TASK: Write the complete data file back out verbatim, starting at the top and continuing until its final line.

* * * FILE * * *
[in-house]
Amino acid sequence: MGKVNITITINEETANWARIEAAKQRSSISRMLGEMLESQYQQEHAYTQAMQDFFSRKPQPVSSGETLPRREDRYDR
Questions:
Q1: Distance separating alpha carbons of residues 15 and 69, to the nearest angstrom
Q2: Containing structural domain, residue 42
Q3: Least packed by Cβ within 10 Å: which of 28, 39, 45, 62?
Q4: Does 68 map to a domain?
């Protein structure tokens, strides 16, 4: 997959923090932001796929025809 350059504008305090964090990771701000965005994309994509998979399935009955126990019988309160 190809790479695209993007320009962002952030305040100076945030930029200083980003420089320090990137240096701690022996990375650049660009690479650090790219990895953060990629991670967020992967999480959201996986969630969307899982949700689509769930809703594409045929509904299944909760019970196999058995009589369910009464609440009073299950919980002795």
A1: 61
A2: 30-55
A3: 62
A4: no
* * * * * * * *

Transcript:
[in-house]
Amino acid sequence: MGKVNITITINEETANWARIEAAKQRSSISRMLGEMLESQYQQEHAYTQAMQDFFSRKPQPVSSGETLPRREDRYDR
Questions:
Q1: Distance separating alpha carbons of residues 15 and 69, to the nearest angstrom
Q2: Containing structural domain, residue 42
Q3: Least packed by Cβ within 10 Å: which of 28, 39, 45, 62?
Q4: Does 68 map to a domain?
């Protein structure tokens, strides 16, 4: 997959923090932001796929025809 350059504008305090964090990771701000965005994309994509998979399935009955126990019988309160 190809790479695209993007320009962002952030305040100076945030930029200083980003420089320090990137240096701690022996990375650049660009690479650090790219990895953060990629991670967020992967999480959201996986969630969307899982949700689509769930809703594409045929509904299944909760019970196999058995009589369910009464609440009073299950919980002795």
A1: 61
A2: 30-55
A3: 62
A4: no